Though the COVID-19 outbreak in India occurred towards the end of March 2020 i.e. near the year-end reporting for majority of the companies in India, the impact continued during the quarter ended 30 June 2020. The impact of COVID-19 on the financial results would depend on the facts and circumstances including degree to which a company’s operations are exposed to the impacts of the outbreak. Therefore, it becomes imperative for companies to provide updated information in their interim financial results that would be useful to various stakeholders including investors to adequately reflect the current and expected impact of the COVID-19 situation on the financial position, performance and cash-flows of companies. This would warrant additional disclosures around the risks and uncertainties to which companies are exposed to, revisions in budgets and forecasts, changes in estimations or change in accounting policies and many other things alike. In this edition of Accounting and Auditing Update (AAU), we aim to discuss key financial reporting considerations for the companies while preparing their interim financial results.
Regulators, internationally (such as the International Organisation of Securities Commissions (IOSCO), the European Securities and Markets Authority (ESMA) and the U.S. Securities and Exchange Commission (SEC)) and in India, the Securities and Exchange Board of India (SEBI) too have elaborated on the importance of disclosure about COVID-19 by companies. In this regard, we have analysed the financial results of Nifty50 companies for the quarter and year ended 31 March 2020. Our article on the topic provides an analysis of the COVID-19 specific disclosures provided by these companies as part of their financial results, investor presentation and press release to financial results.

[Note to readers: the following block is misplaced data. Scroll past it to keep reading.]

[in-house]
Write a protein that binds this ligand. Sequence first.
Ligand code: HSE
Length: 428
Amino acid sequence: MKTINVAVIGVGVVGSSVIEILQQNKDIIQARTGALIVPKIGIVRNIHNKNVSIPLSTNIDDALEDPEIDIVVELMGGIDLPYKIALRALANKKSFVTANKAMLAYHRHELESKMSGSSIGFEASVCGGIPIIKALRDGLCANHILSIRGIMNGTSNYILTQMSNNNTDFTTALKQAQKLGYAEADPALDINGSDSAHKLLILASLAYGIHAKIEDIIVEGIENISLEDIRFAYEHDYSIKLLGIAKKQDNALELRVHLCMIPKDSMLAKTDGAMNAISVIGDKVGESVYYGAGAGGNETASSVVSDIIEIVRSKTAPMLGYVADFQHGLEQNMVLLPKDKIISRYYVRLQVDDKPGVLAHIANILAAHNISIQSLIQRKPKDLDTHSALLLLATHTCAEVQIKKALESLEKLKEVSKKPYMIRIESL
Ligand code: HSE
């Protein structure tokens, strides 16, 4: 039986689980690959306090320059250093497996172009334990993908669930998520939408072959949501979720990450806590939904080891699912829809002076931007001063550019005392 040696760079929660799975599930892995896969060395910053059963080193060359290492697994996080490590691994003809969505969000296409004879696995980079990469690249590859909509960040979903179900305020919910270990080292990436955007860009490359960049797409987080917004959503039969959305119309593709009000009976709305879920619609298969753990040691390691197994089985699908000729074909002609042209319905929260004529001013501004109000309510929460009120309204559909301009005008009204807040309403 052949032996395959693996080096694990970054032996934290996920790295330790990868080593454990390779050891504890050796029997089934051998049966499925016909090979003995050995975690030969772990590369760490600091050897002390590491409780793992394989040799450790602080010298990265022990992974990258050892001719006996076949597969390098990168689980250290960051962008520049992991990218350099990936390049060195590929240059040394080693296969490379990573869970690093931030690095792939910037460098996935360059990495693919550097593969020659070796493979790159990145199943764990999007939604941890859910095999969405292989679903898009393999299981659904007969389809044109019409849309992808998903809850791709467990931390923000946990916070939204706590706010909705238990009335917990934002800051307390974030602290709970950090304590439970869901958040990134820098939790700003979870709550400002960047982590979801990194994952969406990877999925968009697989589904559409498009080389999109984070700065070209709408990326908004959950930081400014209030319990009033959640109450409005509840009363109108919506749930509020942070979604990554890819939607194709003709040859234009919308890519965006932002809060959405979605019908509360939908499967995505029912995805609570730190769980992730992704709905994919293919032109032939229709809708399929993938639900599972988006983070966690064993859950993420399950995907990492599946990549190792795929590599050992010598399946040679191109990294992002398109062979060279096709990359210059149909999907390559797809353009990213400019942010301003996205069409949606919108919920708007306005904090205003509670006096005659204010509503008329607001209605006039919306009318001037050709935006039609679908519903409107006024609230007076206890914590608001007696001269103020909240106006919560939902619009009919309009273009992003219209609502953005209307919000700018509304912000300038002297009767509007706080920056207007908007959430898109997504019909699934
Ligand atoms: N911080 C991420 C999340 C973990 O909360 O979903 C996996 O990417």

Corporate Social Responsibility (CSR) activities play a significant role in the nation building. From the time CSR provisions (as laid down in the Companies Act, 2013 and related rules) have been made effective, significant amendments have been made to these provisions to streamline its implementation by companies. For instance, the Companies (Amendment) Act, 2019 issued in July 2019 made it mandatory for companies to utilise unspent amount earmarked for CSR, failing which it would be transferred to the funds specified in the Schedule VII of the 2013 Act. However, this requirement has not been notified yet. Subsequently, in March 2020, another set of amendments were proposed to the CSR provisions through the Companies (Amendment) Bill, 2020. To address the resultant change in accounting and presentation of CSR expenses, recently, the Institute of Chartered Accountants of India (ICAI) has issued a technical guide on ‘Accounting for Expenditure on CSR Activities’. In our article, we have summarised key guidance relating to accounting of expense pursuant to CSR activities as provided by ICAI in its technical guide.
As is the case each month, we have also included a regular round-up of some recent regulatory updates in India and internationally.